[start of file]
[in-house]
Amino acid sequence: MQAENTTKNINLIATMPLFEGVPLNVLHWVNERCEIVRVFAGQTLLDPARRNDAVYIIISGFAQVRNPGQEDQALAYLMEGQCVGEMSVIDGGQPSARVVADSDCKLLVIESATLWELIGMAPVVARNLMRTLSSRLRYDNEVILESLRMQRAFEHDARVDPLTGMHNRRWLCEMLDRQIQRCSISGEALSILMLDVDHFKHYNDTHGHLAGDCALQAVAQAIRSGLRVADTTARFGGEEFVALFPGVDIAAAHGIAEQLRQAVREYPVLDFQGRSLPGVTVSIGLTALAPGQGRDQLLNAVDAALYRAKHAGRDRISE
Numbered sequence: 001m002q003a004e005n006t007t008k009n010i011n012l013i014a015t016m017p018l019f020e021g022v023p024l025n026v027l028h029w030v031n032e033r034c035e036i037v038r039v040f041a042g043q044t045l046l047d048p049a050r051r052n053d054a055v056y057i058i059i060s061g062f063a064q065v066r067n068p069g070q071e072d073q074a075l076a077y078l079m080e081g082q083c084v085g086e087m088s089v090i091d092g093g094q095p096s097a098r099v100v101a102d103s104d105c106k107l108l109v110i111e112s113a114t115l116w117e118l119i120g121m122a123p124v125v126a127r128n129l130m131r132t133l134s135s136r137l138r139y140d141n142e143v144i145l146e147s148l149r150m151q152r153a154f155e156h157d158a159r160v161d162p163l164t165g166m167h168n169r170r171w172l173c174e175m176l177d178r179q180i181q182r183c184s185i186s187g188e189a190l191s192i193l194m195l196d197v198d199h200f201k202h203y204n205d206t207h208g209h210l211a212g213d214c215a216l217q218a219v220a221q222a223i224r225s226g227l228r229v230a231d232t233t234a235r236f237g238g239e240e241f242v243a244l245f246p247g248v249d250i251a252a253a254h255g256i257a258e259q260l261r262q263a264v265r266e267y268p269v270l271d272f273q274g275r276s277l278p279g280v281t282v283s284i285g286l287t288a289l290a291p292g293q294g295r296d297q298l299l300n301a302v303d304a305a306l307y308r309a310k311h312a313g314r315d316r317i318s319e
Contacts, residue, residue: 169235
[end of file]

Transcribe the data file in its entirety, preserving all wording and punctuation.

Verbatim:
[in-house]
Amino acid sequence: MQAENTTKNINLIATMPLFEGVPLNVLHWVNERCEIVRVFAGQTLLDPARRNDAVYIIISGFAQVRNPGQEDQALAYLMEGQCVGEMSVIDGGQPSARVVADSDCKLLVIESATLWELIGMAPVVARNLMRTLSSRLRYDNEVILESLRMQRAFEHDARVDPLTGMHNRRWLCEMLDRQIQRCSISGEALSILMLDVDHFKHYNDTHGHLAGDCALQAVAQAIRSGLRVADTTARFGGEEFVALFPGVDIAAAHGIAEQLRQAVREYPVLDFQGRSLPGVTVSIGLTALAPGQGRDQLLNAVDAALYRAKHAGRDRISE
Numbered sequence: 001m002q003a004e005n006t007t008k009n010i011n012l013i014a015t016m017p018l019f020e021g022v023p024l025n026v027l028h029w030v031n032e033r034c035e036i037v038r039v040f041a042g043q044t045l046l047d048p049a050r051r052n053d054a055v056y057i058i059i060s061g062f063a064q065v066r067n068p069g070q071e072d073q074a075l076a077y078l079m080e081g082q083c084v085g086e087m088s089v090i091d092g093g094q095p096s097a098r099v100v101a102d103s104d105c106k107l108l109v110i111e112s113a114t115l116w117e118l119i120g121m122a123p124v125v126a127r128n129l130m131r132t133l134s135s136r137l138r139y140d141n142e143v144i145l146e147s148l149r150m151q152r153a154f155e156h157d158a159r160v161d162p163l164t165g166m167h168n169r170r171w172l173c174e175m176l177d178r179q180i181q182r183c184s185i186s187g188e189a190l191s192i193l194m195l196d197v198d199h200f201k202h203y204n205d206t207h208g209h210l211a212g213d214c215a216l217q218a219v220a221q222a223i224r225s226g227l228r229v230a231d232t233t234a235r236f237g238g239e240e241f242v243a244l245f246p247g248v249d250i251a252a253a254h255g256i257a258e259q260l261r262q263a264v265r266e267y268p269v270l271d272f273q274g275r276s277l278p279g280v281t282v283s284i285g286l287t288a289l290a291p292g293q294g295r296d297q298l299l300n301a302v303d304a305a306l307y308r309a310k311h312a313g314r315d316r317i318s319e
Contacts, residue, residue: 169235